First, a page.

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Catching the Ox

By Tuere Sala

MON MAY 16, 2022

It seems important to take a moment to remember that these pictures are individual stories in time. They represent a stage of practice that is wholly contained within itself. Each picture points to both an inspiration in relation to the stage and a challenge. Practicing within the context of each picture means that we understand the gift that comes with each stage of practice and are prepared for the tensions that are also going to arise. This month is no different.

This month our yogi finally catches the ox. Remember the ox represents our true nature, the genuine essence of who we are and the inherent capacity of our human minds to awaken. When the yogi catches the ox, it's like seeing the truth of what's possible and fully feeling it in the body. We've all had these kinds of moments. For instance, when we seemed completely still and present during meditation, when not overreacting to a situation seemed natural, when walking down the street and noticing that everything seemed bright and alive and/or having a moment of penetrating clarity about the truth of your habit patterns without the accompanying shame. These moments of embodied presence are so impactful that we mistakenly believe we own the awakening process, or we think we know what it is. But there's a catch; one need only look at the picture and verse to see it...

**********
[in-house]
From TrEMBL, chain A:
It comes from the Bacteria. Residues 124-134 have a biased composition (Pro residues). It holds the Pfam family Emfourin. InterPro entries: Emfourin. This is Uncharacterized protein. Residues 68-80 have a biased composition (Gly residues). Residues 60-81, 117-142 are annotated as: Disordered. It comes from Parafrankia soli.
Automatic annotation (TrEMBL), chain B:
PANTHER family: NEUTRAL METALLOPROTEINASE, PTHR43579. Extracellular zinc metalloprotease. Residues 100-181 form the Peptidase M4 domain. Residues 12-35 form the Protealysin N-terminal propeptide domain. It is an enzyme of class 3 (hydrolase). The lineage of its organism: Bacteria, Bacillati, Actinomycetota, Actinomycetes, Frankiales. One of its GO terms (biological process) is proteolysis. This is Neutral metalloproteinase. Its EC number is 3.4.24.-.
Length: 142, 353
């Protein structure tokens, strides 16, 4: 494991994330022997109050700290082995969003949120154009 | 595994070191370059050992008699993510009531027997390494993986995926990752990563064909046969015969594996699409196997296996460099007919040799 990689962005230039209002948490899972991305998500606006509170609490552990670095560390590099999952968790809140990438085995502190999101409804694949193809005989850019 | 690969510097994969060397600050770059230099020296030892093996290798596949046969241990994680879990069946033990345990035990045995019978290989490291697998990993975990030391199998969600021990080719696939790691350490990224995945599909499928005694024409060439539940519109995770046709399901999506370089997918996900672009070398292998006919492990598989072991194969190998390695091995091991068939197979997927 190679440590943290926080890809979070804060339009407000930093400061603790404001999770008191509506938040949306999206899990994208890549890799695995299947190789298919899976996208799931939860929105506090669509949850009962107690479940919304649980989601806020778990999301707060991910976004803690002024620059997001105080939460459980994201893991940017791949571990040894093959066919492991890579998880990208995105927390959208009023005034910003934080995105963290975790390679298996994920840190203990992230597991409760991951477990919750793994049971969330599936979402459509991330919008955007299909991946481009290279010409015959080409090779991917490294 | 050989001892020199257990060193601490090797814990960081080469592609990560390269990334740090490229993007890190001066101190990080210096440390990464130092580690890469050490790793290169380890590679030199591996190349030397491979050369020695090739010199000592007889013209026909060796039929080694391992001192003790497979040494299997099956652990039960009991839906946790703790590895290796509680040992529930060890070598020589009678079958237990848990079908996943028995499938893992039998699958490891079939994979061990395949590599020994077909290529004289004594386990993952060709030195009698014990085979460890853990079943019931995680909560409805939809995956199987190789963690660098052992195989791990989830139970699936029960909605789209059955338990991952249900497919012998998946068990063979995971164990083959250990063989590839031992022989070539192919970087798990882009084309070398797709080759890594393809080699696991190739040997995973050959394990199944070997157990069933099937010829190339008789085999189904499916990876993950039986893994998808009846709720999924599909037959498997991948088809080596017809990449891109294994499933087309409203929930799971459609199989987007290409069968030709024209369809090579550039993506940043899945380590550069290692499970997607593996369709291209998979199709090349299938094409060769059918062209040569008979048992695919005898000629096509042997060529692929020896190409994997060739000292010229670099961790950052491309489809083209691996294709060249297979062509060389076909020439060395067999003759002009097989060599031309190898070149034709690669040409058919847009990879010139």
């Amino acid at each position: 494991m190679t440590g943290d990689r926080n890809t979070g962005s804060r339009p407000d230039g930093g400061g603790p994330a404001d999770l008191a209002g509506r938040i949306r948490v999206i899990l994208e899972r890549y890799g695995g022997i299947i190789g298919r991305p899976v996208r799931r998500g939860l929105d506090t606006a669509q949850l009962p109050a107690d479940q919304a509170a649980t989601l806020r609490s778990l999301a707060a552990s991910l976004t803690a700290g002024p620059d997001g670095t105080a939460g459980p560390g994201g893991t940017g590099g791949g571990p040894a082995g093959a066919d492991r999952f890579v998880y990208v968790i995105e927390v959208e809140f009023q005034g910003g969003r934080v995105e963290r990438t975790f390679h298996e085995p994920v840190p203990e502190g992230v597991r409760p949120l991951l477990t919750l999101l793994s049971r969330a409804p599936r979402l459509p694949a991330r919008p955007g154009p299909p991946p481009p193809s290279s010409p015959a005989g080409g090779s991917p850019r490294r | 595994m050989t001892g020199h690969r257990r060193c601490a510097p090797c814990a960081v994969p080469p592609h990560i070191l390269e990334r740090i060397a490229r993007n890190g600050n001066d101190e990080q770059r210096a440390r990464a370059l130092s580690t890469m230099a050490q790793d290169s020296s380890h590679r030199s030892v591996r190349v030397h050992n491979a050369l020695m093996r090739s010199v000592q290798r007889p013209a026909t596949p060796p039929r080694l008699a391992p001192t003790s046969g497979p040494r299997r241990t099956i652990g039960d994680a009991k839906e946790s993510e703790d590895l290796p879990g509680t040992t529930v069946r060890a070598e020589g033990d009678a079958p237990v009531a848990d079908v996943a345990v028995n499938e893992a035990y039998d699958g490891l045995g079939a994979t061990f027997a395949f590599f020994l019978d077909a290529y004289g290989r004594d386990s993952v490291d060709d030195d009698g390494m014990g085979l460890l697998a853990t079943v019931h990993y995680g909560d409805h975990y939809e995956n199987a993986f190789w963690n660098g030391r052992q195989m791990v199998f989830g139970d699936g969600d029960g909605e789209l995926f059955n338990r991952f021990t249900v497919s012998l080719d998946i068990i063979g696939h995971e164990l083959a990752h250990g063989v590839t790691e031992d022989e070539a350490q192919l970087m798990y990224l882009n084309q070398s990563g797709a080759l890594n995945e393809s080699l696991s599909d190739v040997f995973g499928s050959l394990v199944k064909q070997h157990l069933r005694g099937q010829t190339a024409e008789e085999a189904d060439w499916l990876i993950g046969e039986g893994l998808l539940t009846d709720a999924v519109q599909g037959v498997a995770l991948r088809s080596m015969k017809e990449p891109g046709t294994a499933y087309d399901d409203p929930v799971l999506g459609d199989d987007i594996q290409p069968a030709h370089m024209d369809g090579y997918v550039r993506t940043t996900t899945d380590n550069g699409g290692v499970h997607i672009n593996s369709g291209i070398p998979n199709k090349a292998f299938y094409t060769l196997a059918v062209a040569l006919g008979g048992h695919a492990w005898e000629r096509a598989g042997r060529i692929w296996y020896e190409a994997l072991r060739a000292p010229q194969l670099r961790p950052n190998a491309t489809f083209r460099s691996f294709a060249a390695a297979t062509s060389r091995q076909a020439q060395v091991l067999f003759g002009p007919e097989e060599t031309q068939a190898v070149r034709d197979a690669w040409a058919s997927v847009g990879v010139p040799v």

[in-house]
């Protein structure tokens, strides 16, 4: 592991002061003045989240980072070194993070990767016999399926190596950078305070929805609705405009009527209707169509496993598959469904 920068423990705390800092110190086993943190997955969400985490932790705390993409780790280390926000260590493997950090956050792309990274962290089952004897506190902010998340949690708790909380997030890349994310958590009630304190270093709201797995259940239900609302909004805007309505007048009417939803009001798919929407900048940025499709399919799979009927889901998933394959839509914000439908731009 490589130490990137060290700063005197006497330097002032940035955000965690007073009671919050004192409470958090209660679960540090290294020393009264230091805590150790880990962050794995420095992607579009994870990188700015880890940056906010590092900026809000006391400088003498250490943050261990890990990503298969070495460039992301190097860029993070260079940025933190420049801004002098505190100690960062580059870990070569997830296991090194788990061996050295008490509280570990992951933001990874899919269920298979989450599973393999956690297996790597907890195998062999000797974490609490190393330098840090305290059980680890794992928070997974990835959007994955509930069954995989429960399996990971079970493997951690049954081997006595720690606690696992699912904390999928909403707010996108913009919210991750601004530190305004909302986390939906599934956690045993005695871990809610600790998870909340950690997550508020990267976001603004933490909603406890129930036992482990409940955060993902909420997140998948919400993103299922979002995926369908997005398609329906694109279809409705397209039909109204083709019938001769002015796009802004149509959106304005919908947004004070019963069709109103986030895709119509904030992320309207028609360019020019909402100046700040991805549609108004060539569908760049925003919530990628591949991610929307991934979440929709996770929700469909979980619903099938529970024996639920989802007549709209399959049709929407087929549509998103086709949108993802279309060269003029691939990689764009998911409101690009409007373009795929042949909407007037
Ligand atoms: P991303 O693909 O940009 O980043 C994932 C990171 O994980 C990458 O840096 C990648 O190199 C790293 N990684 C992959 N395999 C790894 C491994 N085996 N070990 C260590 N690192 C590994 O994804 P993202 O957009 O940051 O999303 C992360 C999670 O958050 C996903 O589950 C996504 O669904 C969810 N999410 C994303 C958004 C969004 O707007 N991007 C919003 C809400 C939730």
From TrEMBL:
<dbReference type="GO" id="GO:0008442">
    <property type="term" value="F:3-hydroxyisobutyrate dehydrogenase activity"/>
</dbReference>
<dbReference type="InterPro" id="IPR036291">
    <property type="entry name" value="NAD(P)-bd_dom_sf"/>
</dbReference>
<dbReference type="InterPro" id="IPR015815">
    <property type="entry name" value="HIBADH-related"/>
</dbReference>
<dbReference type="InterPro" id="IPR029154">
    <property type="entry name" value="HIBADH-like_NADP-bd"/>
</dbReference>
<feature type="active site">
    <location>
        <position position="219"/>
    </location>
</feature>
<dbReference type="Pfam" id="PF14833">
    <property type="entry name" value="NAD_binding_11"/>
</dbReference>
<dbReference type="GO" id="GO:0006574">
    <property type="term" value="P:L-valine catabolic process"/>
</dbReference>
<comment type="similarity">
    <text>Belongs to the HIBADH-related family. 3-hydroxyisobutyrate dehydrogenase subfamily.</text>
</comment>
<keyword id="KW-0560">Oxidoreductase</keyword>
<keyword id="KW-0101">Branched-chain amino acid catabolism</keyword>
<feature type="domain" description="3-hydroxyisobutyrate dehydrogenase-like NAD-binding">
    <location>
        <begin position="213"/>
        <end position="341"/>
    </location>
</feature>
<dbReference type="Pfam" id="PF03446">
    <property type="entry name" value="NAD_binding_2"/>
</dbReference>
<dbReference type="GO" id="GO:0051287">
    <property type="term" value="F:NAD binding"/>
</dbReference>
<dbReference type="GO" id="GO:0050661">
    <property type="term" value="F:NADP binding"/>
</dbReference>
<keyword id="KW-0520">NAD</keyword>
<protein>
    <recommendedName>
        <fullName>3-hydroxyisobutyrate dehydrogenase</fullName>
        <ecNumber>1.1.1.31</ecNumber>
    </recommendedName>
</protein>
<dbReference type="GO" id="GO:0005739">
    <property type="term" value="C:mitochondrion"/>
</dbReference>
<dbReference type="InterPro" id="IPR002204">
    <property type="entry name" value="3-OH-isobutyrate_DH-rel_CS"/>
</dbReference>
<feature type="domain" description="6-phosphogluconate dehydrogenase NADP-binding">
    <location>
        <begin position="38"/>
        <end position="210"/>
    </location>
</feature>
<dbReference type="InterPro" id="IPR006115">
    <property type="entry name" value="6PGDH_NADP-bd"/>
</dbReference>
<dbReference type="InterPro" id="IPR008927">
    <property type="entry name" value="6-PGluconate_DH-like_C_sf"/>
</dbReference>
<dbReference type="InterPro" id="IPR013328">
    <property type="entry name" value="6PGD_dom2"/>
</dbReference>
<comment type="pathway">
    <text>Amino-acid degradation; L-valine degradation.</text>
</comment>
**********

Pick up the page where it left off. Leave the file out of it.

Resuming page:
The tension that arises in this stage of practice is that our ordinary mind conceptualizes all of our experiences. What we begin to catch are those conceptualizations. Our struggle becomes a struggle or tension between the truth of awakening and our concept or view about what is awakening. We constantly try to fit the expansiveness of the wisdom and freedom of Dhamma (here I'm referring the Dhamma of our true self) into a box limited by our ordinary minds. Ordinary human minds cannot recognize the expansiveness of an awakened mind. It cannot see its own potentiality. The struggle is that we are habitually tied to ordinary mind. We are tied to the underlying tendencies of greed, hatred (aversion) and delusion (confusion). In this stage of practice, we are trying to use our ordinary minds to force a conceptualization of awakening that won't require us to change the way we live.

We need this stage to awaken. We need to see for ourselves the limiting nature of ordinary concepts and to come to understand that awakening is far freer than anything we can currently conceptualize. This is because awakening is an embodied experience rather than a mental experience.

With a deep bow...